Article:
The KO Count is straightforward “unbalanced” card counting system, ideal if you are looking to progress from basic counting strategies. In balance counts, like the Ace-Five Count, once you have made your way through the whole deck your count should end up as 0. In an unbalanced strategy this will not be the case, which will make errors harder to trace if you lose track of your count.
This system was first developed in the 1990s and came to public attention in the book “Knock-Out Blackjack: The Easiest Card Counting System Ever Devised” written by Olaf Vancura and Ken Fuchs. When this book first came out expert card counters were very impressed by how favorably this simple system compares to more complicated counts. Here you can find out how the count is carried out, why it works and its limitations.
KO Count – How to Use the KO Count
If you are familiar with the Hi-Lo count system then the KO count should come very easily to you. When you join the game your running count for the deck or the shoe will be 0. As the game progresses and cards are seen, no matter whose hand they are in, the cards are assigned a value of either -1, 0 or +1 which is then added to your running count. The count number assigned to the card values is the same as the Hi-Lo count, with the exception that 7s are treated like a low card. The count numbers are therefore:
- 2, 3, 4, 5, 6, 7 = +1
- 9, 8 = 0
- 10, Jack, Queen, King, Ace = -1
Once your count is at +2 the remaining deck plays in your favor and as the count increases so does your advantage. This means for +2 onwards your should start increasing your bets at a steady pace and once the count returns to +1 or less then you should revert back to your minimum bet. Throughout every hand your play decisions should follow basic strategy.
The KO count will also give you a strong indication of when it is possible to profitably take insurance. While this is normally a bad bet, when your running count is at +3 or higher there are a sufficient number of 10s remaining to reverse the house advantage.
KO Count – Why the KO Count Works
As your count increases there a larger number of 10-value cards and aces remaining in the shoe which is a more favorable position for the player. As basic strategy assumes the next card drawn will be a 10, it becomes more accurate with a greater number of 10s, and with more aces remaining you have a better chance of making a blackjack, normally paying 3/2.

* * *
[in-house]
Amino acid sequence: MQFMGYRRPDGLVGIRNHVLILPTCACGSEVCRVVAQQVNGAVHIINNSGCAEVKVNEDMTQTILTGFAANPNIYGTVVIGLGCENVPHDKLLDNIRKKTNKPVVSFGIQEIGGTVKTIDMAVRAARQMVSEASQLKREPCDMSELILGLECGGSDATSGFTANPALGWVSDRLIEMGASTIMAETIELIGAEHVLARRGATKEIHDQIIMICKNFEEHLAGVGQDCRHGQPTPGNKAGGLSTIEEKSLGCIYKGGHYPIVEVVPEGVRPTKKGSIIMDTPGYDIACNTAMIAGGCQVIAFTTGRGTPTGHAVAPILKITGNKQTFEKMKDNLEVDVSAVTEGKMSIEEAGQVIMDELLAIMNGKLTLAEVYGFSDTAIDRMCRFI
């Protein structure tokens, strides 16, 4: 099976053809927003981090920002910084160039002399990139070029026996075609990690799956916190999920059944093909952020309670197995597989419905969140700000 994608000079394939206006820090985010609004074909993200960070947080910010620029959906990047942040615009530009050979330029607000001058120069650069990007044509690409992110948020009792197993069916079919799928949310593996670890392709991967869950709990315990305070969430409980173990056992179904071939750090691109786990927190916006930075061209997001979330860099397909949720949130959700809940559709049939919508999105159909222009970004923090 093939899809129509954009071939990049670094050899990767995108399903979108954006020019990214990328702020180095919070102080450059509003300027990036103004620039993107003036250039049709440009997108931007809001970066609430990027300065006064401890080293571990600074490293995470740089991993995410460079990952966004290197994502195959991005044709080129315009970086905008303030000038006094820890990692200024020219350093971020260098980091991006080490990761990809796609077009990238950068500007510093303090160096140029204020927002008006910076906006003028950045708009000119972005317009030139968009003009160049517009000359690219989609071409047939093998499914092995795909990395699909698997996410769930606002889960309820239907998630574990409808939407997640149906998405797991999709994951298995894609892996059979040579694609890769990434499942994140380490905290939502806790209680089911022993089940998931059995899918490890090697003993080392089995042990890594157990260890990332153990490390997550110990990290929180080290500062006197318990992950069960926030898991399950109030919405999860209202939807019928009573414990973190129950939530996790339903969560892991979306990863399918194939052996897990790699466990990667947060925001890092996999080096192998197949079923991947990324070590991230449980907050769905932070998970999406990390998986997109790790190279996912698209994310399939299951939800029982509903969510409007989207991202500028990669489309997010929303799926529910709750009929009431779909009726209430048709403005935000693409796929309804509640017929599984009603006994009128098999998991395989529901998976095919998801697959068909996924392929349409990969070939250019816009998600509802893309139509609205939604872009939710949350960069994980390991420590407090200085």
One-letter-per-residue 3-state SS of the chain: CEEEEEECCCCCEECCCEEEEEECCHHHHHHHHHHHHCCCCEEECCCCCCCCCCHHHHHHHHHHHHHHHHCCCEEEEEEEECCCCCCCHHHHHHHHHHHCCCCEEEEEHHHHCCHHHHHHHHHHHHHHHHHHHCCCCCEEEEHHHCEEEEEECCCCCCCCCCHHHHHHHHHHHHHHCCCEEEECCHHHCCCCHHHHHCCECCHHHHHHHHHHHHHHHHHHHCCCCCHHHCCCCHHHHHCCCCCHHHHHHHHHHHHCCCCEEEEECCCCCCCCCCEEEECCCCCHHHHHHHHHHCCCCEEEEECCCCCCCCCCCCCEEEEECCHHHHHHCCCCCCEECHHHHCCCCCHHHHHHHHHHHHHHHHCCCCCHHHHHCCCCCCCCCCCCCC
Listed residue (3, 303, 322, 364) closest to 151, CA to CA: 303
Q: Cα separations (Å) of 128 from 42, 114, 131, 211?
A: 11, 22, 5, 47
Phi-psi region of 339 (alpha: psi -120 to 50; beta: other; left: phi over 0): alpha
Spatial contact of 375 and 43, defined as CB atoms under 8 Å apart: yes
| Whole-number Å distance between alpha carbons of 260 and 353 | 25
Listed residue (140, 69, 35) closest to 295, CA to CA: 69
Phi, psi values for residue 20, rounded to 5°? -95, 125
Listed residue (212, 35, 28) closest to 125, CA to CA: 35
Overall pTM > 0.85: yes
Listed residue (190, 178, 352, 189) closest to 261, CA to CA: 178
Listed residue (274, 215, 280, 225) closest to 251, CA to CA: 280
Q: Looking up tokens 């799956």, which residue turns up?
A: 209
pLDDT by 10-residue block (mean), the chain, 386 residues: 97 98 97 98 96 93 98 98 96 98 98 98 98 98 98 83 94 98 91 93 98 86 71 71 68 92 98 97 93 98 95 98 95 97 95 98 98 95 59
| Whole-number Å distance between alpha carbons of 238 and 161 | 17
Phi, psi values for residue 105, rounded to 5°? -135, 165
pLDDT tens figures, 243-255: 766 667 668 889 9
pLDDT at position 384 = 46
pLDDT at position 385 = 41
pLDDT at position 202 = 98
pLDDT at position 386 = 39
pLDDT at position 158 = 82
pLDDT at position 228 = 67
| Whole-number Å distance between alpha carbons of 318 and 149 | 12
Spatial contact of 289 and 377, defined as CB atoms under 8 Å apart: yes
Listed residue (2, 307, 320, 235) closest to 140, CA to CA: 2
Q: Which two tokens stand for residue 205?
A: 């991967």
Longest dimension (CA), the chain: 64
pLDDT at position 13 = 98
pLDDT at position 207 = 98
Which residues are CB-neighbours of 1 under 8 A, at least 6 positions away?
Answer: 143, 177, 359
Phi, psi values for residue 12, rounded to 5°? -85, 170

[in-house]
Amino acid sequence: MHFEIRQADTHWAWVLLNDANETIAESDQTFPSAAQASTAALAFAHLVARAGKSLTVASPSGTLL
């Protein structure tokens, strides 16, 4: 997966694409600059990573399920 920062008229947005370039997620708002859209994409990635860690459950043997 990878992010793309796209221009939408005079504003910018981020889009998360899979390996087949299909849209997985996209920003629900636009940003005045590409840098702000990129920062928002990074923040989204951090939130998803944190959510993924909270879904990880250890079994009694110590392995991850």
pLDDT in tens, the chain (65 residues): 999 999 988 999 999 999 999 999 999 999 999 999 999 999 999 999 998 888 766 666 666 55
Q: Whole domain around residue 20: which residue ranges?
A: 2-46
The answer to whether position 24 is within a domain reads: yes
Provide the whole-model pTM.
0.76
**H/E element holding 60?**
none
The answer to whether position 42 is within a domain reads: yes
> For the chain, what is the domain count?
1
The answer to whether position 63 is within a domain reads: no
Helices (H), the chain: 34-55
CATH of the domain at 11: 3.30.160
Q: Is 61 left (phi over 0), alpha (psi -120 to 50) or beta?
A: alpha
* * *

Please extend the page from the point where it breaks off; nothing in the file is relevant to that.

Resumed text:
The KO system is an unbalanced counting method because there are more low cards adding to your count than there are subtracting from it. If you make your way through the whole deck your count should be +4 for a single deck and multiples thereof, decided by how many decks are in play, as the 7s are adding to the count.
The developers claim this unbalance nature of the KO count means you no not have to convert your running count into a true count. This conversion happens in other counting systems to account for the number of decks remaining in play, and mistakes made in this calculation is a common error among inexperienced card counters. The KO count removes the possibility of messing up your count in this way.
KO Count – The Disadvantages of the KO Count
Using the KO count successfully can give you a positive edge of 1-2%, which of course relies on you avoiding detection by the casino. The bigger you can get your bets when the count is high, the greater your advantage will be although this needs to be balanced out so it is not obvious what you are doing.
Like any card counting system on this will not work on tables with continuous shufflers or online, where the cards are randomized before each hand is dealt. You should also avoid games where the shoe is reshuffled frequently, as you really want good penetration into the deck in order to increase the accuracy of your count.
While the KO system does compare favorably to other counts it is not as accurate as others methods you can find, such as the Hi-Lo count. Despite this new card counters especially will still benefit using the KO count compared to other systems as they are less likely to make mistakes.